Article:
The ruler Maxen was Emperor of Rome, and he was handsomer and wiser and better suited to be emperor than any of his predecessors….In his sleep Maxen had a dream. He saw himself travelling to the end of the valley and reaching the highest mountain in the world—it seemed as high as the sky—and having crossed this mountain he saw himself journeying through the flattest and loveliest land that anyone had seen.
Maxen elaborates your typical fairytale quest scenery: beautiful rivers, beautiful fleets, fortresses, etc. Eventually Maxen finds a beautiful castle. Naturally, a beautiful woman presides.
Sitting before him Maxen also saw a girl in a chair of red gold, and looking at the sun at its brightest would be no harder than looking at her beauty: she wore shifts of white silk with red gold fastenings across the breast, and a gold brocade surcoat and mantle, the latter fastened by a brooch of red gold, a hairband with rubies and gems and pearls and imperial stones in alternation, and a belt of red gold. She was the loveliest sight man had ever seen…
Maxen awakes and decides he needs to find his dream girl, so he sends his troops “all over the earth in search of her.” After a while they find her in Caernardon; she is the daughter of a Chieftain. The woman’s name is alternately Elen or Hellen, and she is ~a virgin~. Maxen falls in love with her, and because she’s a virgin, he’s willing to pay top dollar to marry her. He orders three castles for his bride, and busies himself with their building. The whole affair is very time-consuming, and in Maxen’s absence a new emperor takes Rome. So Maxen, who’s no pushover, enlists the help of Elen’s brother, Conanus (Welsh: Kynan Meriadec, French: Conan Meriadoc) and recaptures Rome. That’s where I’ll let The Dream of Maxen resume:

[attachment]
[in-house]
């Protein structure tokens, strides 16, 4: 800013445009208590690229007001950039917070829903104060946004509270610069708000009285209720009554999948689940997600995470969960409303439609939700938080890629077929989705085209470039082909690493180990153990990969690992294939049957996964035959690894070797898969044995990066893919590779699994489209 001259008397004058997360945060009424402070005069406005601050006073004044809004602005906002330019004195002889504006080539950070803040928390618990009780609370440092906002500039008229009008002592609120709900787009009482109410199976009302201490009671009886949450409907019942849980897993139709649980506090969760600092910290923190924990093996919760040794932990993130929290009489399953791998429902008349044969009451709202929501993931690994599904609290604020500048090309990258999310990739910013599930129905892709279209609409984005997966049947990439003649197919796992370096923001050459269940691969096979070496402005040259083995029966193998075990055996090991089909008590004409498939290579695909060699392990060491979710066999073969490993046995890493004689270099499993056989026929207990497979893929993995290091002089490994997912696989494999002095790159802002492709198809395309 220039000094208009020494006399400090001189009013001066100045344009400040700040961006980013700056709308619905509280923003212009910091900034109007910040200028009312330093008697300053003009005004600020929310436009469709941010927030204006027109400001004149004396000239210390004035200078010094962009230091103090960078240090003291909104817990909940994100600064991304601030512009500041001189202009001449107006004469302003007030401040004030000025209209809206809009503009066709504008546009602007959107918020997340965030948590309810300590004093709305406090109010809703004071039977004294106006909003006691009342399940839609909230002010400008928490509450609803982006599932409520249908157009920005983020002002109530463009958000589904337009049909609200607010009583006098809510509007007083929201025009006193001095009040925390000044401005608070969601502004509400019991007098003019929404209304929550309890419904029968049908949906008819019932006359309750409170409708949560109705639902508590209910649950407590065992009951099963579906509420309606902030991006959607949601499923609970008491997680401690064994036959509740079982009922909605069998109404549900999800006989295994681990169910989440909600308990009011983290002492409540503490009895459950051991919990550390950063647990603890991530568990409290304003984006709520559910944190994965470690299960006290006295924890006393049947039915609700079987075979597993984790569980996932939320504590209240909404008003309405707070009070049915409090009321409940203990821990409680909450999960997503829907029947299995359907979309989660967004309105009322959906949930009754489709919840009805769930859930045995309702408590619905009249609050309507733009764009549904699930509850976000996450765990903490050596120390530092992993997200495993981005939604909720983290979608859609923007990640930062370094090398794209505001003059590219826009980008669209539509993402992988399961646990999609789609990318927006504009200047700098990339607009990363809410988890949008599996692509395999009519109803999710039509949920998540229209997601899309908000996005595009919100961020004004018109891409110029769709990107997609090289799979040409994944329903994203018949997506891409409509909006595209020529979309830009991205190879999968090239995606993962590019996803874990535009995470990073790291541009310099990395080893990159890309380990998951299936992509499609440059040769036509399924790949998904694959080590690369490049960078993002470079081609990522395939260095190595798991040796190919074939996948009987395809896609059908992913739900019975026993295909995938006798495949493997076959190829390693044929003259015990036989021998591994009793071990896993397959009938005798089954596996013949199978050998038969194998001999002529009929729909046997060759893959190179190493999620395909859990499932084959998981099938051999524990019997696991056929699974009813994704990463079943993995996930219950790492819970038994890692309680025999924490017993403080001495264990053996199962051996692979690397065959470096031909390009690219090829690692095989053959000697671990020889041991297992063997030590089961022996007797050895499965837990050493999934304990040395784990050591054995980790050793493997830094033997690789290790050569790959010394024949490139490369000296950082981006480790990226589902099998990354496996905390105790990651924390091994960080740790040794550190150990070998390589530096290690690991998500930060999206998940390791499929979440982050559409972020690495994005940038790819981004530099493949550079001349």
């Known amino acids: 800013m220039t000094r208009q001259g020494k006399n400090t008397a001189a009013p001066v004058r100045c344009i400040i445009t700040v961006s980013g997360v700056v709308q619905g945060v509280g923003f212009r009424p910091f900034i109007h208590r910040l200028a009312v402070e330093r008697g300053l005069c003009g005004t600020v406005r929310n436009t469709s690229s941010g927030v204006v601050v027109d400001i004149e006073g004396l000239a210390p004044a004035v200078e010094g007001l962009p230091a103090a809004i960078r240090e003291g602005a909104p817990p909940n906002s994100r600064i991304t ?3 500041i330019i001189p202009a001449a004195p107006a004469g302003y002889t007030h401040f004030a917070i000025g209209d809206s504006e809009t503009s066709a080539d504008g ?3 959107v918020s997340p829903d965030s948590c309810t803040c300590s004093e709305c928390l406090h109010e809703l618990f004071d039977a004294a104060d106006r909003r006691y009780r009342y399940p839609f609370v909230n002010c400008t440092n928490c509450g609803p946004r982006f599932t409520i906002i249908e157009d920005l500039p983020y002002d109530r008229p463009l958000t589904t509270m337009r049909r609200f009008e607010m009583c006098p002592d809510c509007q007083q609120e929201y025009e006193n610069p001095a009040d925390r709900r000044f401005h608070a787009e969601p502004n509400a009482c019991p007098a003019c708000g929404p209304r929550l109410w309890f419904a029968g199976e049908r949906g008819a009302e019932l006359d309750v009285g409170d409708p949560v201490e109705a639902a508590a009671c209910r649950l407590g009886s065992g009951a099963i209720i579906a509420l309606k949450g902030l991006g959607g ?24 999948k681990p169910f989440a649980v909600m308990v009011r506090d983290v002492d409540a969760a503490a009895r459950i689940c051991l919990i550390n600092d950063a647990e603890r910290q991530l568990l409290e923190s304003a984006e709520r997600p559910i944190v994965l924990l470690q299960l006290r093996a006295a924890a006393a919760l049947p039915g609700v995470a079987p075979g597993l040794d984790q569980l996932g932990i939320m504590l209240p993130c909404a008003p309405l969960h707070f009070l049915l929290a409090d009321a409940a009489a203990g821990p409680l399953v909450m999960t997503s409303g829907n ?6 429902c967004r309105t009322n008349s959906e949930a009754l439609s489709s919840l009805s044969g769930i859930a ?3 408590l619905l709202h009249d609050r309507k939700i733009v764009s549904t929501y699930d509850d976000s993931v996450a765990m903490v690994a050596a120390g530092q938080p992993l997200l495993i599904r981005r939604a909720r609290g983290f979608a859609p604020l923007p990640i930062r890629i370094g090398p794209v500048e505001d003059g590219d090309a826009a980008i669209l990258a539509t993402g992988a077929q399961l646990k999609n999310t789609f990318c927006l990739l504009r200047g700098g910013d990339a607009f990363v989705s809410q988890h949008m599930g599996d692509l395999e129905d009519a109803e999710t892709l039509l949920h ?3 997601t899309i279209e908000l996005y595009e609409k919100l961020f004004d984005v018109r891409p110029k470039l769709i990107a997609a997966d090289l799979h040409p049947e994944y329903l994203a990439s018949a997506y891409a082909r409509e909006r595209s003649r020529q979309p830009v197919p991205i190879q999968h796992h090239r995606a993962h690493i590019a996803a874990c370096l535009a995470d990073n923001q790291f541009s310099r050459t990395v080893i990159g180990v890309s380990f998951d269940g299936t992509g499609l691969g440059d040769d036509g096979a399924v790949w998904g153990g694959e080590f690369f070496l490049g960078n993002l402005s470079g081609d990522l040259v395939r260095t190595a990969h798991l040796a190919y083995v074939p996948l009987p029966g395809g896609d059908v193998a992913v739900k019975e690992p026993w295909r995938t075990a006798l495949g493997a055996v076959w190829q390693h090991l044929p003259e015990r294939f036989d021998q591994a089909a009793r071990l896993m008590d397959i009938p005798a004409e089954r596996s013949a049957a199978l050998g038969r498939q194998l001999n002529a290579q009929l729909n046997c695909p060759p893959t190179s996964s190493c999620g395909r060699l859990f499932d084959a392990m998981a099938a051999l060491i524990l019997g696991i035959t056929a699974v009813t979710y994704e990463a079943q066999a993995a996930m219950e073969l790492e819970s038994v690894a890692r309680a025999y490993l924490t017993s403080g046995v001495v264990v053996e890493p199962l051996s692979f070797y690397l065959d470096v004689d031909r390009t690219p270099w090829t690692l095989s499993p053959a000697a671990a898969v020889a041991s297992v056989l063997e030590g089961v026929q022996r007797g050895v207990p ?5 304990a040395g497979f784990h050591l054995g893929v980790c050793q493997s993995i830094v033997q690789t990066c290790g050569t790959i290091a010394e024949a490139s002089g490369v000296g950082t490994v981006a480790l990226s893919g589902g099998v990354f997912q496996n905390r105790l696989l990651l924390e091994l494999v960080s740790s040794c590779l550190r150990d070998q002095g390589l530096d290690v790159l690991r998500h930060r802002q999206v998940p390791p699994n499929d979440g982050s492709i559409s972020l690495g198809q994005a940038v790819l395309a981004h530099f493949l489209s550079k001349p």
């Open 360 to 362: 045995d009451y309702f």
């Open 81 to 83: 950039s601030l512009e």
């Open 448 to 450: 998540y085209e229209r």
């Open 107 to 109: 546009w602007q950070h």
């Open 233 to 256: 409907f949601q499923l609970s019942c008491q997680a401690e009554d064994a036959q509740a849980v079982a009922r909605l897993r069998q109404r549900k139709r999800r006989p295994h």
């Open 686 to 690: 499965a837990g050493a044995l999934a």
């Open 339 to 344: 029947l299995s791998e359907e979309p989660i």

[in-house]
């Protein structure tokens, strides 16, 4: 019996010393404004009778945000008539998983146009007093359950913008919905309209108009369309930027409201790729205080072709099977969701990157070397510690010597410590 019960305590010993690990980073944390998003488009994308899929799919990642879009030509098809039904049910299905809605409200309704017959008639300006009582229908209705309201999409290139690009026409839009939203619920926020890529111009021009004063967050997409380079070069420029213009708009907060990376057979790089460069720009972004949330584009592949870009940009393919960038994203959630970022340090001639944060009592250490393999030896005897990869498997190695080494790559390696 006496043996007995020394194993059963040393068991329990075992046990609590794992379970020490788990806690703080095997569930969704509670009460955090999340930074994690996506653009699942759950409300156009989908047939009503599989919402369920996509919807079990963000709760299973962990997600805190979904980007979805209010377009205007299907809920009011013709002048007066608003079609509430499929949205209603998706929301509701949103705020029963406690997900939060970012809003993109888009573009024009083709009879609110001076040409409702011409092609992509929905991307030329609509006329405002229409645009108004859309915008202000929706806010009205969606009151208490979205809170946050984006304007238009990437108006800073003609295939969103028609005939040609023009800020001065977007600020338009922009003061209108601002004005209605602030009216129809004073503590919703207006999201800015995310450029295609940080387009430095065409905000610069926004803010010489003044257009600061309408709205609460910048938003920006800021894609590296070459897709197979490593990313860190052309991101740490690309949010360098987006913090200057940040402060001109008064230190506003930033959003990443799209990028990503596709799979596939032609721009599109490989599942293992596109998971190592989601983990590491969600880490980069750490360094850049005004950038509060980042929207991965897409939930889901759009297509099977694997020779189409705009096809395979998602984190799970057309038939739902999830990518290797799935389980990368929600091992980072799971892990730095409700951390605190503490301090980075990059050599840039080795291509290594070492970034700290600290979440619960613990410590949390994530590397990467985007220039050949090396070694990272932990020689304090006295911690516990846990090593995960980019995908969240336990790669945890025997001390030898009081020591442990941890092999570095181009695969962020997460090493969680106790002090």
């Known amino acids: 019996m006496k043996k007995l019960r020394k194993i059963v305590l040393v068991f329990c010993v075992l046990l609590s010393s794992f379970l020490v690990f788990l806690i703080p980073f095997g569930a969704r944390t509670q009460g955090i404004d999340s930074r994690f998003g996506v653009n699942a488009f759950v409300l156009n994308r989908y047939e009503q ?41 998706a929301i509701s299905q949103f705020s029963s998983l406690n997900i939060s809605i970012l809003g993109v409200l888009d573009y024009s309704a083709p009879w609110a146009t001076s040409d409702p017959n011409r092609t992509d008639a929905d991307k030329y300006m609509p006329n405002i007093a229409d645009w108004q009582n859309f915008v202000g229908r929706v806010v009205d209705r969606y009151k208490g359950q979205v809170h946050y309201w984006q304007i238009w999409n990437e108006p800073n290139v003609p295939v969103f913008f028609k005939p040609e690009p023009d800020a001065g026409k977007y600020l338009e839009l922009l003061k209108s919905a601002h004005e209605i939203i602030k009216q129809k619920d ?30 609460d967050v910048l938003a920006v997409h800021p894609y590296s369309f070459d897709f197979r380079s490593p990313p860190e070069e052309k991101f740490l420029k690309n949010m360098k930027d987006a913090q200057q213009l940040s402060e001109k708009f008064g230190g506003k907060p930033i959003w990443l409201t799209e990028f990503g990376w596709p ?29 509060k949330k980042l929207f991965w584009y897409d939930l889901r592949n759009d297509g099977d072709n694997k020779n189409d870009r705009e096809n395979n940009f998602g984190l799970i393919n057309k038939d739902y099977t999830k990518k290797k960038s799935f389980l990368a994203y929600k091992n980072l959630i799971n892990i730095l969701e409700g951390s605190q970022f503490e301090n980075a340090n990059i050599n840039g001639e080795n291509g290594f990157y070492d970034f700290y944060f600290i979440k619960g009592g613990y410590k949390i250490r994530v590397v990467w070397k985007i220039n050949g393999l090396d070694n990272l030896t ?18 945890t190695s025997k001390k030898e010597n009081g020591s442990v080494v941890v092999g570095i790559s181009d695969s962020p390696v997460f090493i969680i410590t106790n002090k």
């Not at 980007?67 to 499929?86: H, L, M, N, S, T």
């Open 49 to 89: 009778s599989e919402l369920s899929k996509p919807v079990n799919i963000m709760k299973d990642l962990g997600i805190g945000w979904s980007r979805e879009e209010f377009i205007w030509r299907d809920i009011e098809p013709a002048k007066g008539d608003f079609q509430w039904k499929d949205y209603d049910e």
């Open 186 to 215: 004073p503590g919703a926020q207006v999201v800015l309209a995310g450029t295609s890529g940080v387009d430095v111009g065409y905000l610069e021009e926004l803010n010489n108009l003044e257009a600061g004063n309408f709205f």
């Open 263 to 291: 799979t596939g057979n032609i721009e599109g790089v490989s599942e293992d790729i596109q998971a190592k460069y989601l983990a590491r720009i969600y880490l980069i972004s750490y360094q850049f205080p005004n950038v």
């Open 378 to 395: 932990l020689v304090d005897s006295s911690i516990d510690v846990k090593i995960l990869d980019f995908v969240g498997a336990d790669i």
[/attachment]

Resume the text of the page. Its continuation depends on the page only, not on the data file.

Maxen then said…“Sirs, I have regained control over my empire, and now I will give you this host, that you might conquer any territory you like.” The brothers went out and conquered lands and castles and cities; they killed all the men but left all the women alive, and this continued until the young lads who had come with them were white-haired with the time they had been conquering. Kynan said to his brother Avaon, “Do you want to stay in this land or return to your own country?” Avaon and many of his men decided to go home, but Kynan and another group stayed, and they determined to cut out the tongues of the women, lest their own British language be contaminated.
THE END. Yep! That’s the end of the story, happily ever after. There’s silk, there’s virgins, there’s mountains, and then the men pillage Brittania, murder the land’s husbands, and marry and cut off the women’s tongues to ensure the perpetuation of English among their progeny. It is sooooooo good.
“So they set forth and conquered lands, and castles and cities. And they slew all the men, but the women they kept alive.” Etching from The Mabinogion vol. 2, ed. Owen M. Edwards.
This is probably the only story in my arsenal that doesn’t treat de-tonguing as some kind of punishment. Where the tonguelessness in “Philomela” mixes spite and practicality, Maxen’s tongue-removal process is purely utilitarian (though still symbolic). This is unusual.